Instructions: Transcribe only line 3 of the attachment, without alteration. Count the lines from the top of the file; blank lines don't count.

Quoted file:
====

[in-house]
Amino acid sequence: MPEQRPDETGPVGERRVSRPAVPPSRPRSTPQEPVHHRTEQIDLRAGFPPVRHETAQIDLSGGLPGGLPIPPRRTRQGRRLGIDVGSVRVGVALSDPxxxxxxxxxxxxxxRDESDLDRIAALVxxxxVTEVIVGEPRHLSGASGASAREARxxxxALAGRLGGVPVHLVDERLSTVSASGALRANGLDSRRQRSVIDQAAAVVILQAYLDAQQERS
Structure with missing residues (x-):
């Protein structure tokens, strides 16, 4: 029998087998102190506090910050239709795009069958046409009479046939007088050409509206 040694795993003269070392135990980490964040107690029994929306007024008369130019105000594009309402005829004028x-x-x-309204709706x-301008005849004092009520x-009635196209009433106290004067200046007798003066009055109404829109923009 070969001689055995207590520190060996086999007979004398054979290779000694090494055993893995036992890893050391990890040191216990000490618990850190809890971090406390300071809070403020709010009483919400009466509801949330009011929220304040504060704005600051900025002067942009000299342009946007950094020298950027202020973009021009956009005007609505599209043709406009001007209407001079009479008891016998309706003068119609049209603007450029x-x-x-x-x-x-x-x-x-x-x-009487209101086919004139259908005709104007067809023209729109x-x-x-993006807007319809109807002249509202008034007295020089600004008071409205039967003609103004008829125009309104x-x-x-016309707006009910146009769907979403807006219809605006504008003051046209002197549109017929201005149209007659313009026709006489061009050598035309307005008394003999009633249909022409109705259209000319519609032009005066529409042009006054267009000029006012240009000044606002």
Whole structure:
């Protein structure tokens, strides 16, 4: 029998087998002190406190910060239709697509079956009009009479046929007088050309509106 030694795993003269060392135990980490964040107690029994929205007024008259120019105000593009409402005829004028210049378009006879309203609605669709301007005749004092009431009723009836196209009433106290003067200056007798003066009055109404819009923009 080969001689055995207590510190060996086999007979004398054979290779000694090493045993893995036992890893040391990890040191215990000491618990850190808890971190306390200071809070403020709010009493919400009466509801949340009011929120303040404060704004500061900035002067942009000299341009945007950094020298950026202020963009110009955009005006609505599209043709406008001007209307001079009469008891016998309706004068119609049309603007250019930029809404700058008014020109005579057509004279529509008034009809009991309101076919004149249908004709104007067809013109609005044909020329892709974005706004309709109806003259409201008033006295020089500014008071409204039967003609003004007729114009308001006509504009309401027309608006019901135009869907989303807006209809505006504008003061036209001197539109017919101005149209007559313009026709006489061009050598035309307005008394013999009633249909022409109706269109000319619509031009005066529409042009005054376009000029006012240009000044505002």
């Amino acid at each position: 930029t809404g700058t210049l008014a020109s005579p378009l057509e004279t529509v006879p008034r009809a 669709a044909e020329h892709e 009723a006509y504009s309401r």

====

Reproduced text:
Structure with missing residues (x-):